On Thursday, the U.S. Senate passed a bill replacing the North American Free Trade Agreement (NAFTA) with the United States Mexico Canada (USMCA) Trade Agreement with both senators from Florida backing the measure.
With the Senate passing the bill on a 89-10 vote, it is now headed to President Donald Trump who is expected to sign it.
U.S. Sen. Marco Rubio, R-Fla., weighed in on the bill after he voted to support it on Thursday.
“The USMCA makes important changes that will strengthen American workers and deepen ties with our neighbors, all while defending and expanding opportunities for dignified work in our country,” Rubio said. “The deal is also an important victory for Floridians, taking significant steps to facilitate our state’s trade-based economic growth, particularly among our 3.4 million small businesses, who will benefit from new provisions specifically aimed at assisting them.
“However, no trade deal is perfect, and while many American farmers and ranchers are celebrating, Florida’s fruit and vegetable growers were once again left to fend for themselves,” Rubio continued. “Florida growers deserve an effective, enforceable, and durable solution to the problems NAFTA helped impose. While the USMCA will not improve their situation, I remain confident that this administration will continue to look for ways to address significant price distortions in the domestic seasonal and perishable produce market caused by a rising tide of unfair import competition.”
U.S. Sen. Rick Scott, R-Fla., also backed the bill.
“I’m proud the Senate passed the USMCA today as we work with the administration to negotiate trade agreements that put American businesses first. I want to thank President Trump and U.S. Trade Representative Robert Lighthizer for all the work they did to get this deal done. While the deal is not perfect, I have received written commitments from USTR that they will work to make sure all Florida growers’ concerns are properly addressed and domestic seasonal producers in Florida are protected. I will not stop fighting until Florida growers have what they need to succeed,” Scott said on Thursday.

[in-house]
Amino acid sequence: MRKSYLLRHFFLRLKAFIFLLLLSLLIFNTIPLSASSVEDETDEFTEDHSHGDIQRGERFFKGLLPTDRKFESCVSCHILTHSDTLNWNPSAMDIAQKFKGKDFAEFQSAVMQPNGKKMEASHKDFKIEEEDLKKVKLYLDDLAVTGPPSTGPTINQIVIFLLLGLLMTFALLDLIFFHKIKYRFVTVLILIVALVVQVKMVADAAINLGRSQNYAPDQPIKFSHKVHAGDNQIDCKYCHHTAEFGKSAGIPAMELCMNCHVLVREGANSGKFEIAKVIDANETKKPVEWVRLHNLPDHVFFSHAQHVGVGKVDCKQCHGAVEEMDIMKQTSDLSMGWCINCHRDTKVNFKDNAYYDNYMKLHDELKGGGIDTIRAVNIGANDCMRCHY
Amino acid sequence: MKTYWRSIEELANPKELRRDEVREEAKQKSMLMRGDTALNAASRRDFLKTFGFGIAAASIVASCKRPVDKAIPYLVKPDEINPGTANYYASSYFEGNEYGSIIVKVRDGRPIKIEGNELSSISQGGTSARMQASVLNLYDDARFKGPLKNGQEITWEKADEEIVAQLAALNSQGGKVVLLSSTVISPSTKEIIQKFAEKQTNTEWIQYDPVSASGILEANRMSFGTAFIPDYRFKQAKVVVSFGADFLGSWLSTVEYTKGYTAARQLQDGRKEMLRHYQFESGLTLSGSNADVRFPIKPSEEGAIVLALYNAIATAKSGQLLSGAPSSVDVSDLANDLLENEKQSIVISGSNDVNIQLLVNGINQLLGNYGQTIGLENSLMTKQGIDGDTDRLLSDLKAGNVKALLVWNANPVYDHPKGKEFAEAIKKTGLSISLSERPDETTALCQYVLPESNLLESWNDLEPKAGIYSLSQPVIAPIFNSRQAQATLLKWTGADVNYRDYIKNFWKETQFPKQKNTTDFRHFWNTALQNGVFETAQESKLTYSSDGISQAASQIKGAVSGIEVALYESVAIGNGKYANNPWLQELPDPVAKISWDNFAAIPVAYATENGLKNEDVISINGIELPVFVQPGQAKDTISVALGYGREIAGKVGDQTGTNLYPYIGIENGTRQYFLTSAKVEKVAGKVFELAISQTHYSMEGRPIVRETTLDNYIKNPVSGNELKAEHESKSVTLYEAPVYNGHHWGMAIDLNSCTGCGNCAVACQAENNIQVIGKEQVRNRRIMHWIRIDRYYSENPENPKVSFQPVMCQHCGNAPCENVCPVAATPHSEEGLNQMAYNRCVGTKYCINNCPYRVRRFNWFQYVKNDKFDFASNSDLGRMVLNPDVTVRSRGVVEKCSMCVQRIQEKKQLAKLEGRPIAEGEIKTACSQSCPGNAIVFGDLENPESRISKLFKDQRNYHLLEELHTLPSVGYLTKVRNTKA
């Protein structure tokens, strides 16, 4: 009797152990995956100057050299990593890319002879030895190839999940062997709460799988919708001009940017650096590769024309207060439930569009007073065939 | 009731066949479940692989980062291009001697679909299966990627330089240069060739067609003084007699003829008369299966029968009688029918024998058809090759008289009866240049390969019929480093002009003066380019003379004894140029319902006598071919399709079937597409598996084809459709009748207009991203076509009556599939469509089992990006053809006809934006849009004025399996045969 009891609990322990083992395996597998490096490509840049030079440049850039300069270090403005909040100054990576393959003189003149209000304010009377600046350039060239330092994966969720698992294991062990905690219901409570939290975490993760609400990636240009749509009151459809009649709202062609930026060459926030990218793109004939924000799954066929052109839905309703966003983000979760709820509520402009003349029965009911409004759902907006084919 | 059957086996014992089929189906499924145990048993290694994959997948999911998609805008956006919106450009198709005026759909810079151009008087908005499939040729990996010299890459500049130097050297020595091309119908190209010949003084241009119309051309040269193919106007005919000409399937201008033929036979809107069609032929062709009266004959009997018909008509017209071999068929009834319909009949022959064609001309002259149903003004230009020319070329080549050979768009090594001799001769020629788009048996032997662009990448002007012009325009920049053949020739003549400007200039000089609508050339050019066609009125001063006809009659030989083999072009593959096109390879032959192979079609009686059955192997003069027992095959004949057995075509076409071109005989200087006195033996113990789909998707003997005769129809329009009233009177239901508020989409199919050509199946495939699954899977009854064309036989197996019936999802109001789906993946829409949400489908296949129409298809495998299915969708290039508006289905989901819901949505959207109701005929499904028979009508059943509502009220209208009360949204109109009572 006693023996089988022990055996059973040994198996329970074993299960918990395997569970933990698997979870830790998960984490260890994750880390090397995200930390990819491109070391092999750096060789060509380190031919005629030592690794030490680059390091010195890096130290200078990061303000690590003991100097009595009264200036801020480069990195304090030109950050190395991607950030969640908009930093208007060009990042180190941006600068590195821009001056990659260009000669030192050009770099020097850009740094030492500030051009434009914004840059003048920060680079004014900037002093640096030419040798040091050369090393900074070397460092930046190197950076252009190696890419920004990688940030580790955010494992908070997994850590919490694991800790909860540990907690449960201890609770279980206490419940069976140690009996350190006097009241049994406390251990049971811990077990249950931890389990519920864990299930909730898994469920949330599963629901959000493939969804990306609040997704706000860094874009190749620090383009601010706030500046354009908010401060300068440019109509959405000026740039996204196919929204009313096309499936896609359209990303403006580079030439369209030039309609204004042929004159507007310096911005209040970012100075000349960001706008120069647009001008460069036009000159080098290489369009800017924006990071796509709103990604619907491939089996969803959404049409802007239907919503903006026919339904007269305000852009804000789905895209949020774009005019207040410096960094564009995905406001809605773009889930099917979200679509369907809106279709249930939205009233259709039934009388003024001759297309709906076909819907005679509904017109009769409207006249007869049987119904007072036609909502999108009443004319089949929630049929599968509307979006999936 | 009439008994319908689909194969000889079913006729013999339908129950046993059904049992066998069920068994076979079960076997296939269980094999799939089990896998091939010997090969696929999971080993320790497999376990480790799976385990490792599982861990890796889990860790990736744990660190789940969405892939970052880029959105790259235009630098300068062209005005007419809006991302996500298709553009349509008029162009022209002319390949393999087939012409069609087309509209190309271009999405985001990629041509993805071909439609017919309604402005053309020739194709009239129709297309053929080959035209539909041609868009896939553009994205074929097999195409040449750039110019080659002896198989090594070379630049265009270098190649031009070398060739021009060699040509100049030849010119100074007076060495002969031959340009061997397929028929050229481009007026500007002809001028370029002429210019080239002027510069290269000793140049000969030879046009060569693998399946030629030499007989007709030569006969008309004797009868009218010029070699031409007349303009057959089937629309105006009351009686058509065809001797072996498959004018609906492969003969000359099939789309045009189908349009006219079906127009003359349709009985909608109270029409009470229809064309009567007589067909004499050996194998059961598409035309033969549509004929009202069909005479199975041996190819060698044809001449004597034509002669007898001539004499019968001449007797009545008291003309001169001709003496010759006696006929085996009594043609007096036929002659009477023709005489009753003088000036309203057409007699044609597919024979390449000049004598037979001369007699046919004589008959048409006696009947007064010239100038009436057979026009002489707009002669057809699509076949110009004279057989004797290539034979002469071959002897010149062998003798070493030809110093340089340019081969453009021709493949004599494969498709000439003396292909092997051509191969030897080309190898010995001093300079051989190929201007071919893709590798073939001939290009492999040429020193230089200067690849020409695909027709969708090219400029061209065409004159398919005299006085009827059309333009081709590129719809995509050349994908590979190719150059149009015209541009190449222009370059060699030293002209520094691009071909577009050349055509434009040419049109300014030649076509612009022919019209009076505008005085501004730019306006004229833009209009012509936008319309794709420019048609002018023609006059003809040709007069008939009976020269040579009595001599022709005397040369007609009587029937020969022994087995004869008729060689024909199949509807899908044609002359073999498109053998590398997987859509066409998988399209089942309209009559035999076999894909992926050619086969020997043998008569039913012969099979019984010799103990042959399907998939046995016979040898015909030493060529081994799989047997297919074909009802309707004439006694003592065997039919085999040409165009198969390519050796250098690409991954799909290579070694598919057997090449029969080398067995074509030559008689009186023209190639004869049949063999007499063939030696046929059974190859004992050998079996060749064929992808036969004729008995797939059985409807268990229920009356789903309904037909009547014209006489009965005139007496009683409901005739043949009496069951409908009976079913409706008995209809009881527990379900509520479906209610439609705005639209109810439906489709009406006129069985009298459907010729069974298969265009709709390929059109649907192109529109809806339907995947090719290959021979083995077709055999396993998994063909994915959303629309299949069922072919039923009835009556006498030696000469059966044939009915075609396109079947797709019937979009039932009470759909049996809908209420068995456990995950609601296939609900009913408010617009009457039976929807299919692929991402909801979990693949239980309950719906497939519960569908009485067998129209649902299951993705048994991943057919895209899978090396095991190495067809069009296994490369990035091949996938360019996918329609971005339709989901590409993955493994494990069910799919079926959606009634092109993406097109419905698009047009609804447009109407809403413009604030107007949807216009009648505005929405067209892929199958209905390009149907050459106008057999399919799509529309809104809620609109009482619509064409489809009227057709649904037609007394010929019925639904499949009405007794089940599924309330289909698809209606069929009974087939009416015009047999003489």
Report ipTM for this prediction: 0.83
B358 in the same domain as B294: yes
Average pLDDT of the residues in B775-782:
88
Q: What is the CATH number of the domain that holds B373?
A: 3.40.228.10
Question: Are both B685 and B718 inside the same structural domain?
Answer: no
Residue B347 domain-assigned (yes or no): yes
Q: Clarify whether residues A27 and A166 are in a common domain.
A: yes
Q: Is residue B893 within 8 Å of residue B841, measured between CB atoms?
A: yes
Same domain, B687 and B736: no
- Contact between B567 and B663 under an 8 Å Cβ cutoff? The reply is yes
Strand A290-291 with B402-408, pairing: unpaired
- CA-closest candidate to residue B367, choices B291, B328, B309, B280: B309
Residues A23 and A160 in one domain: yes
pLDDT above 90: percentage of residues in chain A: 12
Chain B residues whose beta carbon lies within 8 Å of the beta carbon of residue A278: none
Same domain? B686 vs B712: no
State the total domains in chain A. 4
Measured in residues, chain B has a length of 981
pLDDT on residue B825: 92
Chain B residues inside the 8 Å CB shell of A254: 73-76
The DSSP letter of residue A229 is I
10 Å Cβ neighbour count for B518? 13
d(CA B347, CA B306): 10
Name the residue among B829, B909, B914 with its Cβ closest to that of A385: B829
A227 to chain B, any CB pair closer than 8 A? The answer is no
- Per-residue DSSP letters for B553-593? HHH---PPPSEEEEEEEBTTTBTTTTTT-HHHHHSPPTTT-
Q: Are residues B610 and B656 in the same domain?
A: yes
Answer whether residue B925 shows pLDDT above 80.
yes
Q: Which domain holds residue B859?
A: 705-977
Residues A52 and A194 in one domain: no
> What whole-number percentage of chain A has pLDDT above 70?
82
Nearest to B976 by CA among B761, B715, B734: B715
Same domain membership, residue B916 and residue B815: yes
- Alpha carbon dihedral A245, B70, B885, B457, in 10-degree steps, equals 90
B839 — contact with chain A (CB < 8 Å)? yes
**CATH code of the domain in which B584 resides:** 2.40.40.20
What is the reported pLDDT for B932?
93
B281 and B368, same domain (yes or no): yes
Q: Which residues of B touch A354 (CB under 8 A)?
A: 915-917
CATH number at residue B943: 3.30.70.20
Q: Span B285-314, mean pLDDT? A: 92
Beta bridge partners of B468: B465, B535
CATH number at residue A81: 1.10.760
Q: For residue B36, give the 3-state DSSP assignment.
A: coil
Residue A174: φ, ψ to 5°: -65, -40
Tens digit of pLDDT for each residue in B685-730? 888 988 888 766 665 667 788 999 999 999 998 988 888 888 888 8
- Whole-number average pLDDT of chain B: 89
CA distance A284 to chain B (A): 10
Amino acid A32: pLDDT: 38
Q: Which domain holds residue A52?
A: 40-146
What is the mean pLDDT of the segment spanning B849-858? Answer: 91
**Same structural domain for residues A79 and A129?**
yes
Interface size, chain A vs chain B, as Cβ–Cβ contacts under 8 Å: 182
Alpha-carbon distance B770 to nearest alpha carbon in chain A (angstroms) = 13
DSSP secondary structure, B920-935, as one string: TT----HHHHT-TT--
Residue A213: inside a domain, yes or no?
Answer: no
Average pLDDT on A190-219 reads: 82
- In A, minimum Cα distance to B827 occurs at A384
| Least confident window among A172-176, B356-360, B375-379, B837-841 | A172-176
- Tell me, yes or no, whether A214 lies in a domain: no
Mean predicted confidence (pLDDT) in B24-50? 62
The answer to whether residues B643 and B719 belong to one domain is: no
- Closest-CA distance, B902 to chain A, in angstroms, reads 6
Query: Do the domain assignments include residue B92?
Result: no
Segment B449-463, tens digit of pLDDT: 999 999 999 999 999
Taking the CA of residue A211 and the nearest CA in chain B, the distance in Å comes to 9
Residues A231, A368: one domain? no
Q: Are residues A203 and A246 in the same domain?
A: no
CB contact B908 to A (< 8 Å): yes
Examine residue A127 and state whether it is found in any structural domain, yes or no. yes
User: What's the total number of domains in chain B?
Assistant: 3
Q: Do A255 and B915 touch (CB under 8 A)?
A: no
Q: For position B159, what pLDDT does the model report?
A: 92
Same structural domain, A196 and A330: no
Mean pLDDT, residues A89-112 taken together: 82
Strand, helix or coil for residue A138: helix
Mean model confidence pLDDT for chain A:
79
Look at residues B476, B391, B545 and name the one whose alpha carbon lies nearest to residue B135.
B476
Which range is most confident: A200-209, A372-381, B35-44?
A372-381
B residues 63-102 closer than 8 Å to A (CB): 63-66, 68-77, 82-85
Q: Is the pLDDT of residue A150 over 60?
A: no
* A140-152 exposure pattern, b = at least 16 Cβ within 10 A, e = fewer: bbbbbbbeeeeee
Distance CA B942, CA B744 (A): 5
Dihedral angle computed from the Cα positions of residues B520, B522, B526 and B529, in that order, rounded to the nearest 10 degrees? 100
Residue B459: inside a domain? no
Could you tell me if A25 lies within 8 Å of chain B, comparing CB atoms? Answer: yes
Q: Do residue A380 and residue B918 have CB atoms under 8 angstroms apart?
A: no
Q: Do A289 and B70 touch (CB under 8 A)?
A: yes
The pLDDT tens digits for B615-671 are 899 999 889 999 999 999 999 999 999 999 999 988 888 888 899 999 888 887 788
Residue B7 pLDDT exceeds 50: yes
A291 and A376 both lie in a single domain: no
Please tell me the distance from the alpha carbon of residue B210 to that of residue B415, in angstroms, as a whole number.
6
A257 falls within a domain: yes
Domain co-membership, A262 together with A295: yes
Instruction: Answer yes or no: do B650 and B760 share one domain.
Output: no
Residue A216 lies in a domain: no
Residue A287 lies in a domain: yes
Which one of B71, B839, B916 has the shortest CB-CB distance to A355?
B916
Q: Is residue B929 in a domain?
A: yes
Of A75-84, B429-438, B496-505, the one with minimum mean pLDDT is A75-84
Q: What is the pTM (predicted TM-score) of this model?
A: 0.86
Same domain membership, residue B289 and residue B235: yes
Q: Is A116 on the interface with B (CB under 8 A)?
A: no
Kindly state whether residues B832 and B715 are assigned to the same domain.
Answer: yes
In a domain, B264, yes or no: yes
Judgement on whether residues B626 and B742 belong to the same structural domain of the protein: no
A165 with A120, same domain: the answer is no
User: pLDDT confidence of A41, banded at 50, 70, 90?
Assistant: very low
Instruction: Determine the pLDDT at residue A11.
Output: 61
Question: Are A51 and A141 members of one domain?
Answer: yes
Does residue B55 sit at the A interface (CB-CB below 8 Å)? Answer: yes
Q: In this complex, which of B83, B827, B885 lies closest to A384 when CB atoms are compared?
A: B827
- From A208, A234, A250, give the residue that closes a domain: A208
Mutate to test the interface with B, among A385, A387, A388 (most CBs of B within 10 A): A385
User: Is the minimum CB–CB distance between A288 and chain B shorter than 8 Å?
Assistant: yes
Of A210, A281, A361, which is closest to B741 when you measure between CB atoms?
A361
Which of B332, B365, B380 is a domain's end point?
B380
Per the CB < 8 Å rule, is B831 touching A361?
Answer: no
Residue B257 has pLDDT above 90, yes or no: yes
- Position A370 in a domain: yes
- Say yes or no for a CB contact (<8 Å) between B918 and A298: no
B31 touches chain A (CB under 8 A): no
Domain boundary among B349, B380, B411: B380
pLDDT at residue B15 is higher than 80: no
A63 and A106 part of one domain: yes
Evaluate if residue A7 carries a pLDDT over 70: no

At a U.S. Senate Commerce, Science, and Transportation Committee meeting on Wednesday, Scott said Lighthizer assured him that Florida’s seasonal produce growers will be protected under the new deal.
“I would like to thank the Trump administration and U.S. Trade Representative Robert Lighthizer for their focus on reviewing trade agreements to make sure they are fair to American companies and workers,” Scott said at the meeting. “Florida is home to some incredible produce growers, and our state is proud of their many successes. Unfortunately, Florida’s growers continue to be harmed by Mexico’s unfair trade practices.
“The entire Florida delegation is focused on making sure our state’s seasonal growers have the protections they need to combat Mexico’s harmful trade practices, and we have joined together to urge USTR to include these protections in final text of the USMCA,” Scott added. “Although these provisions are not included in the final text as it stands today, I received written commitment from commitments from Mr. Lighthizer that they will work with the Florida delegation and the Florida growers to make sure these concerns are properly addressed and domestic seasonal producers in Florida are protected. I will not stop fighting until Florida growers have what they need to succeed.”
Florida Agriculture Commissioner Nikki Fried weighed in on Lighthizer’s promises on Wednesday.
“While discouraging that the USMCA and its implementing legislation lacked protections for our seasonal producers, I thank Ambassador Lighthizer for his formal commitments to address this urgent issue – marking a major turning point in the decades-long fight to provide fairness for Florida farmers,” she said. “However, we know we are still far from the finish line. I look forward to continuing to work closely with the Florida Fruit & Vegetable Association (FFVA) and our congressional delegation members to make sure the administration’s promises yield effective and timely results that put America first.”
“The Florida Fruit & Vegetable Association appreciates the leadership and dedication of Commissioner Fried on the critically important issue of fair trade for Florida’s specialty crop growers,” said Mike Joyner, the president of FFVA. “Throughout the USMCA trade deliberations, our industry worked diligently for a solution and enjoyed the commissioner’s strong support. She has been an outspoken advocate for helping to restore market fairness for our state’s specialty crop industry.”
The House passed the bill back in December with 385 votes–193 Democrats and 192 Republicans–while 41 votes–38 Democrats, 2 Republicans and U.S. Rep. Justin Amash, I-Mich.–voted against it.
U.S. Rep. Ted Yoho, R-Fla., who announced earlier in December, that he was going to stick to a campaign promise and not run again in 2020, was the only member of the Florida delegation to vote against the bill.
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